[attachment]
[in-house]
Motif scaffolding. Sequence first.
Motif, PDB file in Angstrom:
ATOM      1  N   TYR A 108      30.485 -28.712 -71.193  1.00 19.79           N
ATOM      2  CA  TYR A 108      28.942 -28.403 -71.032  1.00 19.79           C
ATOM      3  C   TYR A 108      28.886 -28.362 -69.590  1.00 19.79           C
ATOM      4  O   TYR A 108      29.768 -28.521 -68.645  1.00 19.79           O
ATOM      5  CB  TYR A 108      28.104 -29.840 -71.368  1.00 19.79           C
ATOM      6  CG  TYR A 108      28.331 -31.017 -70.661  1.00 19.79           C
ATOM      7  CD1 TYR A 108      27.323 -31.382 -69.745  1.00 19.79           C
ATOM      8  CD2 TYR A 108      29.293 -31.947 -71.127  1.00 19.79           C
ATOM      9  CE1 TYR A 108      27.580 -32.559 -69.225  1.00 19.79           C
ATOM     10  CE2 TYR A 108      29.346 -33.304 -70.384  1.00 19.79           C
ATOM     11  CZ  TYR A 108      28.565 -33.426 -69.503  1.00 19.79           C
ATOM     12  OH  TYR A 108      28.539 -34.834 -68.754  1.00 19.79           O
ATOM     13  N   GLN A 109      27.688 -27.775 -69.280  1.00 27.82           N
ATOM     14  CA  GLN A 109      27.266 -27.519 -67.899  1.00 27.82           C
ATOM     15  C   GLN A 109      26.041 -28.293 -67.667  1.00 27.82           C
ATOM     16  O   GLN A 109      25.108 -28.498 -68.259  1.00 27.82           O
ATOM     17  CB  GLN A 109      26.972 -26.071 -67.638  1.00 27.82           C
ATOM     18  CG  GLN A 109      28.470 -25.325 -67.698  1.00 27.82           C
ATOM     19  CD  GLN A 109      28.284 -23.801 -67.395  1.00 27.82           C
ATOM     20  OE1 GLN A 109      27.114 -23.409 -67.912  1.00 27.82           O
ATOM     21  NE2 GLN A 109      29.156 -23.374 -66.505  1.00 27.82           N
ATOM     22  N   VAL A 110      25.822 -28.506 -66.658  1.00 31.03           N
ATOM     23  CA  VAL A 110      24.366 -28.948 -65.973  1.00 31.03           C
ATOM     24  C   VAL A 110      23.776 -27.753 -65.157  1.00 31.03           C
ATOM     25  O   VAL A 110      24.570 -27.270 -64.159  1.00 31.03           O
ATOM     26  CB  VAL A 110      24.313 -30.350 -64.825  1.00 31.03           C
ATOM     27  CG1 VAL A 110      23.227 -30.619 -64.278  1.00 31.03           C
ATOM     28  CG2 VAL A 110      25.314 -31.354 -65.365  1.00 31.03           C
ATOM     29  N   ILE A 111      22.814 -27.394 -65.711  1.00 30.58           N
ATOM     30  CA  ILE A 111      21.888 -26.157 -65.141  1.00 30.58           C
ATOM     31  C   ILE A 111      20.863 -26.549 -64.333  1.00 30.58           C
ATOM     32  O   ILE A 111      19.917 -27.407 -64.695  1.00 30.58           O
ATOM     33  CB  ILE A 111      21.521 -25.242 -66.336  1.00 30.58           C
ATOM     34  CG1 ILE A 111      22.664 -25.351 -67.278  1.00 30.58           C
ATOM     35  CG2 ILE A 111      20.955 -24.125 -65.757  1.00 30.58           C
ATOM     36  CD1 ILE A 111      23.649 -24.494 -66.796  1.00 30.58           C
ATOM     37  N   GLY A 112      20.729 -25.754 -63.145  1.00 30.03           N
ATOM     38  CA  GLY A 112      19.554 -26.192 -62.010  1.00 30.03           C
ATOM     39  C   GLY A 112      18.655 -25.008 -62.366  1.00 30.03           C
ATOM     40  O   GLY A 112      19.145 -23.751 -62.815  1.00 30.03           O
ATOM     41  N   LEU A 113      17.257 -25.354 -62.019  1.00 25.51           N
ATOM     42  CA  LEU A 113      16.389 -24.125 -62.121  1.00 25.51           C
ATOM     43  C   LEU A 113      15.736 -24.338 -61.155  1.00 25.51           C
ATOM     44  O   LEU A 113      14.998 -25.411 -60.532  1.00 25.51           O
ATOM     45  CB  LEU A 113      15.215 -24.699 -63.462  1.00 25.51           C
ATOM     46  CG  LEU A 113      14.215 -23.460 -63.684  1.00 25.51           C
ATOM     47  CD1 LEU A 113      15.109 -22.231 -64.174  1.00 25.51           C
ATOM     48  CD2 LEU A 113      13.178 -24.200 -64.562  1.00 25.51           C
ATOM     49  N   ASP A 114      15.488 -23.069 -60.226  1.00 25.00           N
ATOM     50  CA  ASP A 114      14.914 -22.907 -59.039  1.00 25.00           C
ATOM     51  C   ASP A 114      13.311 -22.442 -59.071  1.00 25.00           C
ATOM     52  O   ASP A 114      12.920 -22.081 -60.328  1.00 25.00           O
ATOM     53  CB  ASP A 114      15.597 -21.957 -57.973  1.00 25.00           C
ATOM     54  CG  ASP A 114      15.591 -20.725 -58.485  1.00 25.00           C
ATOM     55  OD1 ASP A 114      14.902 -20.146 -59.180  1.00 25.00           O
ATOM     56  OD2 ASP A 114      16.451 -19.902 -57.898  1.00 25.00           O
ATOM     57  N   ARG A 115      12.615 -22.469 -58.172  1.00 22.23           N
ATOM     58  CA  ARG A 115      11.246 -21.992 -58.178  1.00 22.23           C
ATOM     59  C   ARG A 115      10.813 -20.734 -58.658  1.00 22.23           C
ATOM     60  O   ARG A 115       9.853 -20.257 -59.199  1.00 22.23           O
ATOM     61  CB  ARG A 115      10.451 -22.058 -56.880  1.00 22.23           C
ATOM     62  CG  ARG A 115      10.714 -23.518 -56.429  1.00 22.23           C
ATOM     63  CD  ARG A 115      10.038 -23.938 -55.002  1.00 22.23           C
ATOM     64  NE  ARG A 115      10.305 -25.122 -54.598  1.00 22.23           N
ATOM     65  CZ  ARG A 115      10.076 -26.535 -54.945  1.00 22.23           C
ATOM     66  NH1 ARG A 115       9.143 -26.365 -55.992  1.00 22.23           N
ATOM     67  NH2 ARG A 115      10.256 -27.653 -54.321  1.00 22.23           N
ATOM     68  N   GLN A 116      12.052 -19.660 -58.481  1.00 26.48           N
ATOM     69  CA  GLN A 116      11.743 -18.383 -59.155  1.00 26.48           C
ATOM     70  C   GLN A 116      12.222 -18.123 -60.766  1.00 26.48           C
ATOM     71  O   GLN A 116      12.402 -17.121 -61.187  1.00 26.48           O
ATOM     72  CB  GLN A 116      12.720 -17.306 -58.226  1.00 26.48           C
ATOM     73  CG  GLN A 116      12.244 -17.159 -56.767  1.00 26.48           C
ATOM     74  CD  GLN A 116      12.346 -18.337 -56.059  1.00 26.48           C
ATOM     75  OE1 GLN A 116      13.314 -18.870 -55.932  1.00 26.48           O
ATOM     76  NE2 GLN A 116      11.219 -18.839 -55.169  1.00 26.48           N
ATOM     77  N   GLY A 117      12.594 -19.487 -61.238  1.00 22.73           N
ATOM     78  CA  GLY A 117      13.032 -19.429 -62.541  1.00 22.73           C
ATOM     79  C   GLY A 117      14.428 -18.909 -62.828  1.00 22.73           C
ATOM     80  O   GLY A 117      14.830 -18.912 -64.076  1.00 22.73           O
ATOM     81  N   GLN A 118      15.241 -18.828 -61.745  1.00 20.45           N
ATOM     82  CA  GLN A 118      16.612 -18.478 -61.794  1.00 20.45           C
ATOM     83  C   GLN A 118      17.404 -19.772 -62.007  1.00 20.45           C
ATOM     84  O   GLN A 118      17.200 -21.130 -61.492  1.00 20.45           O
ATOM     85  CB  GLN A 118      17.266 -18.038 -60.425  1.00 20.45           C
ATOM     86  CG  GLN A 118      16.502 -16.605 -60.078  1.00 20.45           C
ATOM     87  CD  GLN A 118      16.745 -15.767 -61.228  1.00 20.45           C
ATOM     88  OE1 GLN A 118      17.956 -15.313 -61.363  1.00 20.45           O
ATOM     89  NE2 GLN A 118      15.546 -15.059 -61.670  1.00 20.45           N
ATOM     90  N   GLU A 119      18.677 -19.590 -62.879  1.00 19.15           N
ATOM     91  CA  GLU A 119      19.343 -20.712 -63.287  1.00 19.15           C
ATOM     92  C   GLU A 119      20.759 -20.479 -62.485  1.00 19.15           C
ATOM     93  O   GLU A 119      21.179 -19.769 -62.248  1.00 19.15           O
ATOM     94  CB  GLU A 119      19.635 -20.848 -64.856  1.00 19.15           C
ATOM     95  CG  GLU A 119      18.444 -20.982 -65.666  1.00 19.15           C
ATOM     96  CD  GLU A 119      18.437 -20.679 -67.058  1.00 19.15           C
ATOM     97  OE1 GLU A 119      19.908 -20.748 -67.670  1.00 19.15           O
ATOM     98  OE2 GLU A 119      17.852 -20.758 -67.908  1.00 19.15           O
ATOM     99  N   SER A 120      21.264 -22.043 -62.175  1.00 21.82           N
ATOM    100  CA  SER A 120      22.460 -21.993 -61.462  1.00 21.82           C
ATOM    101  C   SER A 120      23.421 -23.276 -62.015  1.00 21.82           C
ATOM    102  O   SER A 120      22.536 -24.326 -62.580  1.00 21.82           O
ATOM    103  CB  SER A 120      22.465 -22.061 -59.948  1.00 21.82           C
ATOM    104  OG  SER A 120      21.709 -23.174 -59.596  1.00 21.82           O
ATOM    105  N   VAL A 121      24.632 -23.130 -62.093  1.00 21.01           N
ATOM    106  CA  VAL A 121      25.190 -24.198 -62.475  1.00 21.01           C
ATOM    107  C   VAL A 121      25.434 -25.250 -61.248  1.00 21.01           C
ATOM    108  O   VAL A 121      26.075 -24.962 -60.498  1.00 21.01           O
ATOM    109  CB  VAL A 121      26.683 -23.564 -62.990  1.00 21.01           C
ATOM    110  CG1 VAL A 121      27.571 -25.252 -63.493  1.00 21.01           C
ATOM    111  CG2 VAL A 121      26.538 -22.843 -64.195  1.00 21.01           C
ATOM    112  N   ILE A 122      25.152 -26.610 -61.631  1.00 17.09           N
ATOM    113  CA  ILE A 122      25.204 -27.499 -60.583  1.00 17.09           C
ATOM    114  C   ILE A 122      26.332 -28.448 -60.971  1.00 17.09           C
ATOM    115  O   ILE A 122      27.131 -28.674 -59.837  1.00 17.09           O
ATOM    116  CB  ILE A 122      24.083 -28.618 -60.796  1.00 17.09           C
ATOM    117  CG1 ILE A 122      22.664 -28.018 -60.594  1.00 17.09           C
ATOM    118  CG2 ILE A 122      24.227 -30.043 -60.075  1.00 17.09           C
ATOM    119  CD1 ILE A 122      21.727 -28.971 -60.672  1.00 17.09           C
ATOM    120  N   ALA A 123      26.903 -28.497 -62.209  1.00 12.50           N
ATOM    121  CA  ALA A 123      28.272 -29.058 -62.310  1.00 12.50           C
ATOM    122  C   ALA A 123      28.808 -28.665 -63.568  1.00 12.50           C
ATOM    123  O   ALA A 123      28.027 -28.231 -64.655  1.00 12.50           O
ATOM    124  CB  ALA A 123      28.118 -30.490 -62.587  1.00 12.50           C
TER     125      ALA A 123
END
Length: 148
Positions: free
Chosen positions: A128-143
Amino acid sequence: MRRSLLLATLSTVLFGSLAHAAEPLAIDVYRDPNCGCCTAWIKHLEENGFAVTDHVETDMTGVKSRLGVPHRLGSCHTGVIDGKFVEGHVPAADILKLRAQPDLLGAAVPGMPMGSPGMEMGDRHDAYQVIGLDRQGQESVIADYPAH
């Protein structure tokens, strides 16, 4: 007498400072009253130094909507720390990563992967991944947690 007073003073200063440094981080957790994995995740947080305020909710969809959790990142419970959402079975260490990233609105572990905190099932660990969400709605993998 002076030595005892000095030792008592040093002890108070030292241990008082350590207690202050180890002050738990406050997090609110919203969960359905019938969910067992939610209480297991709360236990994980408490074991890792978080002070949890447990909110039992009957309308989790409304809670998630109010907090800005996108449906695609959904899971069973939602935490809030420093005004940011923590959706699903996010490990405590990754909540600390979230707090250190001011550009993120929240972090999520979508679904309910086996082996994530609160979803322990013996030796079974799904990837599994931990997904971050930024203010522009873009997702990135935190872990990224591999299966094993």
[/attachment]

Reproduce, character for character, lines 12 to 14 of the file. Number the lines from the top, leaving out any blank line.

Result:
ATOM      9  CE1 TYR A 108      27.580 -32.559 -69.225  1.00 19.79           C
ATOM     10  CE2 TYR A 108      29.346 -33.304 -70.384  1.00 19.79           C
ATOM     11  CZ  TYR A 108      28.565 -33.426 -69.503  1.00 19.79           C